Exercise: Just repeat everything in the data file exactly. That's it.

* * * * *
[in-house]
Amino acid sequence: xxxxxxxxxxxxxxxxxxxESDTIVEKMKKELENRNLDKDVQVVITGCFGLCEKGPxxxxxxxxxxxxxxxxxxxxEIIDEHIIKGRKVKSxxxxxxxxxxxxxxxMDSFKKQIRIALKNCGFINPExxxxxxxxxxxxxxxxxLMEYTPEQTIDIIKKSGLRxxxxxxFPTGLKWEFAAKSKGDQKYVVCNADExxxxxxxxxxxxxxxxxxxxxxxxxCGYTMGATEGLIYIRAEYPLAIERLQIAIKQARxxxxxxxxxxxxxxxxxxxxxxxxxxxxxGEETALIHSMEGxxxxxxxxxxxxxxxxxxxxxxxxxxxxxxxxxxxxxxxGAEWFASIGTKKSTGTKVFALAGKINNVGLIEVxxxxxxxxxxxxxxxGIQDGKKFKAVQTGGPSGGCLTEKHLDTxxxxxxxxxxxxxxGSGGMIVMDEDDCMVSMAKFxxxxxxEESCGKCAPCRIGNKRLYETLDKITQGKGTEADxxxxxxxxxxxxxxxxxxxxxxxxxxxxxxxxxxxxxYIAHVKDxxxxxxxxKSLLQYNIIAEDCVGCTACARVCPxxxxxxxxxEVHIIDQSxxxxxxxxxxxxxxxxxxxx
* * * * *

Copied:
[in-house]
Amino acid sequence: xxxxxxxxxxxxxxxxxxxESDTIVEKMKKELENRNLDKDVQVVITGCFGLCEKGPxxxxxxxxxxxxxxxxxxxxEIIDEHIIKGRKVKSxxxxxxxxxxxxxxxMDSFKKQIRIALKNCGFINPExxxxxxxxxxxxxxxxxLMEYTPEQTIDIIKKSGLRxxxxxxFPTGLKWEFAAKSKGDQKYVVCNADExxxxxxxxxxxxxxxxxxxxxxxxxCGYTMGATEGLIYIRAEYPLAIERLQIAIKQARxxxxxxxxxxxxxxxxxxxxxxxxxxxxxGEETALIHSMEGxxxxxxxxxxxxxxxxxxxxxxxxxxxxxxxxxxxxxxxGAEWFASIGTKKSTGTKVFALAGKINNVGLIEVxxxxxxxxxxxxxxxGIQDGKKFKAVQTGGPSGGCLTEKHLDTxxxxxxxxxxxxxxGSGGMIVMDEDDCMVSMAKFxxxxxxEESCGKCAPCRIGNKRLYETLDKITQGKGTEADxxxxxxxxxxxxxxxxxxxxxxxxxxxxxxxxxxxxxYIAHVKDxxxxxxxxKSLLQYNIIAEDCVGCTACARVCPxxxxxxxxxEVHIIDQSxxxxxxxxxxxxxxxxxxxx